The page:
Before pro street skateboarder Paul "P-Rod" Rodriguez nabbed four gold medals at the X Games and appeared virtually in Tony Hawk video games, he was learning flip tricks on the loading dock of Albertson's Supermarket in his native Northridge, CA. "When you're a beginner anything can be a skate spot," he says. That was the mid-nineties. By the age of 14, Rodriguez was popping eyeballs as a street skater with a future. At 17, he went pro. Now 27, Rodriguez is a figurehead in the sport with a long list of video credits, a signature shoe with Nike, and a reputation for giving back to the community.
We caught up with him at the reopening of Coleman Oval skatepark in New York City's Lower East Side, where he told us about his favorite places to skate around the globe. His experience gives us insight into more than just the best ledges, stairs, and rails: It tells a story of counterculture and authority in wildly different regions – and it reveals that street skating, even as it's embraced by the mainstream, will always have a home somewhere between vandalism and art. Start Gallery >>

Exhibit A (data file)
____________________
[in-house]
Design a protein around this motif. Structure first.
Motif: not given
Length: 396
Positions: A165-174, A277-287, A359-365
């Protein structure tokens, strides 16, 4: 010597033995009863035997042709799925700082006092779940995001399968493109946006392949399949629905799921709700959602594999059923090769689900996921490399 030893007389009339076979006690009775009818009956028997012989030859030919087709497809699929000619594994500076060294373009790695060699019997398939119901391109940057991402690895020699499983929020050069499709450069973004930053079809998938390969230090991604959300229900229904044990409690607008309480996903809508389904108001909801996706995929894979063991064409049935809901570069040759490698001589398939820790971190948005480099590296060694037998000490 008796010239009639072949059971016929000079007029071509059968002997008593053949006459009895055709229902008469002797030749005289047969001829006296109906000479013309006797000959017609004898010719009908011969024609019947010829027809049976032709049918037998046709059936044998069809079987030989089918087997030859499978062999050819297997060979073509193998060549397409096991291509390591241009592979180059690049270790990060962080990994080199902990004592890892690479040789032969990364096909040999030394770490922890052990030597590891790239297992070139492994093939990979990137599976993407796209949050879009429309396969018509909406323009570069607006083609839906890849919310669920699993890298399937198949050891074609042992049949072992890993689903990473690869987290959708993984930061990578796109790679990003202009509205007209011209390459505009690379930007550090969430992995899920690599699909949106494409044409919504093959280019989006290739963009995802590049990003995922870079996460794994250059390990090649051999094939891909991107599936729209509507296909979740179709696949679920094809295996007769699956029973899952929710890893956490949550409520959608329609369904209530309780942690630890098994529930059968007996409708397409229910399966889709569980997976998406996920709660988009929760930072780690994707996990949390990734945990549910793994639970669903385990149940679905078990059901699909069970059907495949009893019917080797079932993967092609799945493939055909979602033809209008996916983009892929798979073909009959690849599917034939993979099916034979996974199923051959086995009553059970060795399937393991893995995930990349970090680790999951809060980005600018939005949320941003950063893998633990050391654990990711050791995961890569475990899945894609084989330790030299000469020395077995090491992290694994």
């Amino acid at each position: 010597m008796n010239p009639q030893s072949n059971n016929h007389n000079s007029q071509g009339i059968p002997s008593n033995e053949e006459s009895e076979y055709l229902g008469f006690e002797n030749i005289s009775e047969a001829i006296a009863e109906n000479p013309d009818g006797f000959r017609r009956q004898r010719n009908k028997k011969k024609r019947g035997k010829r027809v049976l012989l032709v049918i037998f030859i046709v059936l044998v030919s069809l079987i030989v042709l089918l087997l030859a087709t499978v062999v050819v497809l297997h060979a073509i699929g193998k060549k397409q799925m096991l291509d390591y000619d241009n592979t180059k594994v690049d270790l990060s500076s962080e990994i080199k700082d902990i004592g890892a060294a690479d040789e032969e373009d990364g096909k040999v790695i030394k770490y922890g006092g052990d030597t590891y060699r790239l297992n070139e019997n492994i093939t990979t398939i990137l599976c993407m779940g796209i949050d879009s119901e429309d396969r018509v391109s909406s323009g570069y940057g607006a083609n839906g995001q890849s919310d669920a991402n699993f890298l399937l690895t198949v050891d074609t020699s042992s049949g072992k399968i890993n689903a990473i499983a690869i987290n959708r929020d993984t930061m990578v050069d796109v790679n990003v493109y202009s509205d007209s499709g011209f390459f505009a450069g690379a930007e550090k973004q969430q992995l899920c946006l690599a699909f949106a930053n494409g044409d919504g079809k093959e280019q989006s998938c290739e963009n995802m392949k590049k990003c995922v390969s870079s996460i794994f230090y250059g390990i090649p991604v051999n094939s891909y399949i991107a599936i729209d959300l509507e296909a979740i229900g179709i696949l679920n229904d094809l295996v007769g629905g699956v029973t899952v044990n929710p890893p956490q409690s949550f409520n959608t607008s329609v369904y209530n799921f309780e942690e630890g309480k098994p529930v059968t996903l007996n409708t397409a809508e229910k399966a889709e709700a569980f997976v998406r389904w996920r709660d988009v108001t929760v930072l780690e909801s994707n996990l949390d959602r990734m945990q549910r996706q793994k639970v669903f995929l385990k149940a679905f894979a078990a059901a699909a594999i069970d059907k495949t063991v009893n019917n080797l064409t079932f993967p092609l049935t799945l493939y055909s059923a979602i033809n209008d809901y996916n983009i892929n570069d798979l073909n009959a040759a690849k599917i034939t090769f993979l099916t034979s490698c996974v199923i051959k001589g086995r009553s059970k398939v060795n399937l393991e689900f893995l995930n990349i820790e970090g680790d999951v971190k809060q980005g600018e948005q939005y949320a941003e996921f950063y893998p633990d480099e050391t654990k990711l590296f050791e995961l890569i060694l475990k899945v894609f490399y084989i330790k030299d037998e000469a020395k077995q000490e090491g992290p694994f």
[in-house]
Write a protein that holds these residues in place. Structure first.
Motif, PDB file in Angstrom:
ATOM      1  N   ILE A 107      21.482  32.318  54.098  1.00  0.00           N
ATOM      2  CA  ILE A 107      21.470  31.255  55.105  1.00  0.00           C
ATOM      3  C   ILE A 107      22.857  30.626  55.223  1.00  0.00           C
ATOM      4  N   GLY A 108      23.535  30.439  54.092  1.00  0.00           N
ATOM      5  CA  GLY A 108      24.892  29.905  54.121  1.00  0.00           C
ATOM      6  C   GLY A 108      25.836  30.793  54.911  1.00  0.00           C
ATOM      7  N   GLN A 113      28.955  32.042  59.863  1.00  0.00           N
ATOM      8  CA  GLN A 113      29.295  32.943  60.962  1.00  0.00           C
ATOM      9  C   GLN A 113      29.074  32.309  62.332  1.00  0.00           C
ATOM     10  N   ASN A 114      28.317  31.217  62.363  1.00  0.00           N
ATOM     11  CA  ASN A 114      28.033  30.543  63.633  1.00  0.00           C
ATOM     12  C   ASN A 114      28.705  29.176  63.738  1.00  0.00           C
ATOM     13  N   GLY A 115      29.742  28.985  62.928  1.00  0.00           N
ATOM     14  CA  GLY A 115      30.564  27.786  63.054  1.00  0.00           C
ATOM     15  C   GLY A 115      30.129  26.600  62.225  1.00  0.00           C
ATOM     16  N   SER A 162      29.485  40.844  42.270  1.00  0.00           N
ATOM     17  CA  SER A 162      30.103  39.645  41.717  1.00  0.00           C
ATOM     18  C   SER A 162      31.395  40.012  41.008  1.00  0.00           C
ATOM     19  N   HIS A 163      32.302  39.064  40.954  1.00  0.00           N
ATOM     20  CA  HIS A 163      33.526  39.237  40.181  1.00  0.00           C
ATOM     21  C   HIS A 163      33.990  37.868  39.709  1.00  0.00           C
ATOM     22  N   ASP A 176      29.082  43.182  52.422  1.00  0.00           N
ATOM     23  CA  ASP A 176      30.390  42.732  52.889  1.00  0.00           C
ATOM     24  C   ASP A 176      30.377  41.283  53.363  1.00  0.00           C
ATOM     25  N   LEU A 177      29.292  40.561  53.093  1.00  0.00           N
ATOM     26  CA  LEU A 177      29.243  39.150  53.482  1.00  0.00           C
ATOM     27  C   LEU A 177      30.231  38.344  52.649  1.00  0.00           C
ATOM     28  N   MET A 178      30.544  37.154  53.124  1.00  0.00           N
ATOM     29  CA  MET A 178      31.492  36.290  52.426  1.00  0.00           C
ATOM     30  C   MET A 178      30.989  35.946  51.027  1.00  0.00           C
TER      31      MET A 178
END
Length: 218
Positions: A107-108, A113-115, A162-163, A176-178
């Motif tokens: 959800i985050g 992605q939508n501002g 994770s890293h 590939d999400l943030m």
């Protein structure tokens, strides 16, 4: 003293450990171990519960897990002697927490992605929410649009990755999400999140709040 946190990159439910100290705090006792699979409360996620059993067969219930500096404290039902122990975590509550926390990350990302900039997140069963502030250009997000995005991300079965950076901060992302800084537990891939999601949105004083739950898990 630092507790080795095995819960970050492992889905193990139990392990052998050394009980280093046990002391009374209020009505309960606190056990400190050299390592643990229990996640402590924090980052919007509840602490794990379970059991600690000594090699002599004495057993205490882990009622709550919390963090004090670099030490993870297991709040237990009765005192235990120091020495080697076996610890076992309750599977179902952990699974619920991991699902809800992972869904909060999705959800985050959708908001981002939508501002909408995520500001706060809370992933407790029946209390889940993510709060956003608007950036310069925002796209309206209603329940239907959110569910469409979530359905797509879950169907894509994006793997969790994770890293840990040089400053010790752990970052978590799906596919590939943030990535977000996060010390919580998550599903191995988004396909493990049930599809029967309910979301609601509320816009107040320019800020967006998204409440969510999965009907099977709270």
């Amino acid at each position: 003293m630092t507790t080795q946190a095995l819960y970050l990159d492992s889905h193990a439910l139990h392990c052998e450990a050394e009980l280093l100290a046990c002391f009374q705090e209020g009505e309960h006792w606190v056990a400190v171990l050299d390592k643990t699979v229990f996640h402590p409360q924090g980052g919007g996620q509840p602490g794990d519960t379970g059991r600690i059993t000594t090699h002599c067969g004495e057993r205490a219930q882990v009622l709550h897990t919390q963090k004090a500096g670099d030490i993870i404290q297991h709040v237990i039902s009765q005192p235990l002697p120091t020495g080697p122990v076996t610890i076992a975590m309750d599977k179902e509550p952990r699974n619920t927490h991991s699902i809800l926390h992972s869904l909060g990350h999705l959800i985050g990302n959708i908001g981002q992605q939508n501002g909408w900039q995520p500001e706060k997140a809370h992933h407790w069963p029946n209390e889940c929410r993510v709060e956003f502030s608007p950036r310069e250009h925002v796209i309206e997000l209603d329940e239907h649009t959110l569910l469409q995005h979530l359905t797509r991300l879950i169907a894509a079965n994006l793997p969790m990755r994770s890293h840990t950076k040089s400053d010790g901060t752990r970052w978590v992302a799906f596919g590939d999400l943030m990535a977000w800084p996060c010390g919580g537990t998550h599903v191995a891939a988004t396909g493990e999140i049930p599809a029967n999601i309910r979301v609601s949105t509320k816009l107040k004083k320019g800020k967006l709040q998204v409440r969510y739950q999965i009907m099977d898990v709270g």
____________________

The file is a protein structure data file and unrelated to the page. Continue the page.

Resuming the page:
Photo: Jeremy Berger
Museu d’Art Contemporani de Barcelona (MACBA)
"Barcelona is one of the greatest skate cities in the world," Rodriguez says. That's because the Catalan metropolis has everything a guy like him looks for, like ledges, stairs, and gaps. Plus, the authorities have a laid-back attitude about skateboarding. The place to go there is MACBA, the Museum of Contemporary Art, but not (principally) for the impressive collection of avant-garde works. "That's where everyone meets up," he says. "They skate there and then everyone breaks up and spreads out throughout the city." After skateboarding, Rodriguez and his crew head to Betty Ford's (Carrer de Joaquín Costa, 56) in the El Raval neighborhood for burgers and brews. [MACBA, Plaça dels Àngels, 1, 08001 Barcelona, Spain]
Credit: Cristian Baitg / Getty Images